OSCWidgets- the solution for usable encoders on Nomad

I’ve long wanted to have a set of encoders to sit at the bottom of my Surface Pro while I run Nomad.  It’s humbling to finally “discover” that someone made that tool long ago and I didn’t notice.  It’s called OSCWidgets.  From the GitHub page: “OSCWidgets is open-source software (developed by a combination of end users and ETC employees in their free time) designed to interact with Electronic Theatre Controls products. This is not official ETC software.”  What this means is it’s free, open and not supported by ETC tech support.

I took some time today to make a small encoder window that stretches across the bottom of my Surface (Well, it’ll be on my Surface tomorrow.  For today, it’s at the bottom of my MacBook.). It features a good first draft of encoders I need when my Gaffer needs me to “fly in” and adjust something close to camera.  There is an LED color tab, a Shutter tab, a Move (Pan, Tilt, Zoom and Edge) tab, a CMY tab and an empty tab for me to place things in the near future.  Let’s go through the basics of how to create your own.

Download the software HERE. When you open the software, it assumes a local IP.  I find it much easier with Eos to specify the console IP.  This is done by simply clicking and typing.  Be sure to match your Out port and In ports to Eos.  (Out from OSC, in to Eos, In to OSC, out from Eos.) We’ll return to this later for more instruction.

After a bunch of experimenting, I realized what I was looking for should start with a Window item, which opens a single window with two tabs.

Again- after a lot of fumbling, I realized the interface is edited mostly by right clicking on things.  If you right click on the first tab, you will have the option to rename.  I renamed to LED Colors. If you right click below the tabs in the window area, you have the option to add things.   

Go to Add>Encoders and run out your mouse to choose 9×1 (or whatever you choose.) 

You now have 9 encoders in Edit Grid mode.  Click Done at the bottom of the pop-up floating window.  Your encoders should turn from green (edit grid) to Charcoal Grey.  Lengthen your floating window to the right and it should look like this: 

I’m doing an LED Color tab here, so I plan to put in Red, Green, Blue, Amber, White, Empty, Color Crossfade, CCT, and Tint.  Right click on your first encoder and Choose “Edit 1”. 

In the pop up window, you will edit the Label and OSC Output.  For encoders, all OSC Output commands (called “arguments” in OSC language) start with “eos/wheel/{attribute}”. 

Click “Done” at the bottom. It’s time to test this encoder, but to do that, let’s go over the setup in Eos.  In the Shell (before you sign in, choose the option {Settings}), go to Network and make sure Wifi Remote and UDP Strings and UDP OSC are both turned on.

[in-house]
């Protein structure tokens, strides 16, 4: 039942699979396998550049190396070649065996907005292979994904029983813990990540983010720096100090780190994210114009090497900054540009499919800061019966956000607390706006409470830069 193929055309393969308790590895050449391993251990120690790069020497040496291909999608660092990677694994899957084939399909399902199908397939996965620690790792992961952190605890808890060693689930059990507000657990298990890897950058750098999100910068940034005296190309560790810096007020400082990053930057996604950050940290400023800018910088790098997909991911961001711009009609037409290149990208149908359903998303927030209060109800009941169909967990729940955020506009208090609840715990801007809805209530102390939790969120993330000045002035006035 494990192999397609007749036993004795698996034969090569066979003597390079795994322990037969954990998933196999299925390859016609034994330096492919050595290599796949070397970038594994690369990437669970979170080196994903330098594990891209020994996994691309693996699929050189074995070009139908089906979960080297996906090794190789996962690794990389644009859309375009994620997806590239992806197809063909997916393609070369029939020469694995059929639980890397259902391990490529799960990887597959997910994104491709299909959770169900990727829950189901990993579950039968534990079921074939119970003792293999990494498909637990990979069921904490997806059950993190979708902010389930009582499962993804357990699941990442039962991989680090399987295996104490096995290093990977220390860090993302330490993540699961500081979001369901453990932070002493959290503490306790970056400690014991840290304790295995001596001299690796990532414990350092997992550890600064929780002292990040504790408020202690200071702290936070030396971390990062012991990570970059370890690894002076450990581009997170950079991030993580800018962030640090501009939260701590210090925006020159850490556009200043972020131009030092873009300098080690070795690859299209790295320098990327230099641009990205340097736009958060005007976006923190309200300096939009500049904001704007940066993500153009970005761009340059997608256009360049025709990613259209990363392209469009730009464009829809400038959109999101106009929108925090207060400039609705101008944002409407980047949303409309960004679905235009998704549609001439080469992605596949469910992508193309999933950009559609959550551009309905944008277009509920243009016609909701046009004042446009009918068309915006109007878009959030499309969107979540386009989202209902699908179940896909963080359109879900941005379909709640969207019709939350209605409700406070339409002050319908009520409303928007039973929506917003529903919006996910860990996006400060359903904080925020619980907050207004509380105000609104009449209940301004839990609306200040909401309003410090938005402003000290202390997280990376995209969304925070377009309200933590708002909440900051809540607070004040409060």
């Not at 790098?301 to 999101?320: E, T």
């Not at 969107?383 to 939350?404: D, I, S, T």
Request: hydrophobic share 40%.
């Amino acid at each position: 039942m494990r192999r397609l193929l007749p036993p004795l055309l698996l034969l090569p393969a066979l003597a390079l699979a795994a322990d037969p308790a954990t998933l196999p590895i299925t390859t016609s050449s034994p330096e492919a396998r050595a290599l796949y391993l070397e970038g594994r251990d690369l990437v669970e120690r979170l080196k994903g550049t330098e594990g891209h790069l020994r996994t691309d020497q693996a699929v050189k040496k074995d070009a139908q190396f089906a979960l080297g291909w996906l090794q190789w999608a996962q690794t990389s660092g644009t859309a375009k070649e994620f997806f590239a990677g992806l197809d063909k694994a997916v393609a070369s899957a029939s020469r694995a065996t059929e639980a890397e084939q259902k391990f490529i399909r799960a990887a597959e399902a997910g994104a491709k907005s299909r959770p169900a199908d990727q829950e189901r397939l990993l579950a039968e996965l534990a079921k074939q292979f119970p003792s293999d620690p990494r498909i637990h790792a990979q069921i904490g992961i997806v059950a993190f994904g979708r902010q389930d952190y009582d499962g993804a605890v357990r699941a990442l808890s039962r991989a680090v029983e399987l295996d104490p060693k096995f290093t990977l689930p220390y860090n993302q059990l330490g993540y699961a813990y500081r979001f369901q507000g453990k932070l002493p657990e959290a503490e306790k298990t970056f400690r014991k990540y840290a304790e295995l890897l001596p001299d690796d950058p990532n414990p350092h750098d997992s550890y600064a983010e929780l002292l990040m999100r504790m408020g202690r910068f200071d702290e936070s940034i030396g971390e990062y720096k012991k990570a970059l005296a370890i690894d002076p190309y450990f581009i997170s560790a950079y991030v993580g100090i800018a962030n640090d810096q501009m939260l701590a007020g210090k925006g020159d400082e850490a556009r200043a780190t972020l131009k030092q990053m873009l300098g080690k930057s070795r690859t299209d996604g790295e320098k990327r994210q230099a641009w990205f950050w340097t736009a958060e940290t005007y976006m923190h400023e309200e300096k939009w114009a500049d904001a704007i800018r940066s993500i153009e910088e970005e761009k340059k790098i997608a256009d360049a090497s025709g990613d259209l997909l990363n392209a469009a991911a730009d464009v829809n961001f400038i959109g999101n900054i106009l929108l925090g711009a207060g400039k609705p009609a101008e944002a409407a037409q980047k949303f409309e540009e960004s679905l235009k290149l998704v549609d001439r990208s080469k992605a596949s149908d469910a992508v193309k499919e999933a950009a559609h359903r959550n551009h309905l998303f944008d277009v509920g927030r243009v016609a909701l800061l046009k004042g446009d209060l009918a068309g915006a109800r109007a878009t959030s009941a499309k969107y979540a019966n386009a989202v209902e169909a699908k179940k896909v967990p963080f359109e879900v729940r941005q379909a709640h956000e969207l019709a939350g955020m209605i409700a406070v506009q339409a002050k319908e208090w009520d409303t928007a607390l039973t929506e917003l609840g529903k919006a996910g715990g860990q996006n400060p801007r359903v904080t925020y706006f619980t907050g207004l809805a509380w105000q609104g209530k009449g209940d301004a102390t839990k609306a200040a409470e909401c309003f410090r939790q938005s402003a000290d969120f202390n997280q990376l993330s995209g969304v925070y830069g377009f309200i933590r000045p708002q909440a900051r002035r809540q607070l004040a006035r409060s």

Click {Accept} at the bottom of the screen, and sign into Eos as Primary or Offline.  Once in, go to Setup>System>Show Control>OSC.  Make sure OSC RX (receive) and OSC TX (transmit) are both on.  Notice the OSC UDP RX and TX port numbers.  These compliment the ports in the setup are of OSCWidgets, so either make them match or use your own numbers as you see fit. 

Now you can test the encoder by selecting a light that has a Red emitter, and then moving the encoder.  OSC Widget may need to be restarted after changing the IP address, so if it doesn’t work the first time, give that a try.

Next, work your way down the line of each encoder and set the OSC Output to make it control what you want.

Helpful tips:

To add another encoder, you just need to right click on the encoder and edit the OSC Output command to match the name of the Eos attribute.  HOWEVER…

If you want to control something like Color Crossfade, you will need to enter “eos/wheel/color_crossfade” under OSC Output.  Eos will get confused if you don’t use the underscore between words of an encoder attribute, so remember this.  

In case you want to control “Gobo Index/Speed”.  It needs to be change to “gobo_index\speed”.  Notice the reverse slash.  This is because forward slash is a divider in the OSC command language.

My OSCWidget came out quite well.  I have all the tools I need (at the moment) to effectively edit on the one with my Surface Pro and room to add more function when I need it.  I couldn’t be happier and am very excited to test it on set this week!

What open source software do you use to solve programming problems?  I’d love to hear what helps you in the comments.


  1. Thomas+Ditzel - Reply

    Hi Mark

    Great post. I had forgotten about OSCWidget so trying again.
    Have you had any luck of getting data back from EOS ( Labels )
    so you can see the status off encoders and faders ?

    And have you stumbled upon a updated list of OSC EOS Commands ??

    Kind regards


    • admin - Reply

      Hi Thomas,

      I’ve not yet attempted to get data back, since my goal was pretty specific this time. I’ve also not come upon an updated OSC command list, sadly. If you figure out how to poll for labels (there is a label function, but I haven’t played with it yet) please let me know!



Leave Comment

Your email address will not be published. Required fields are marked *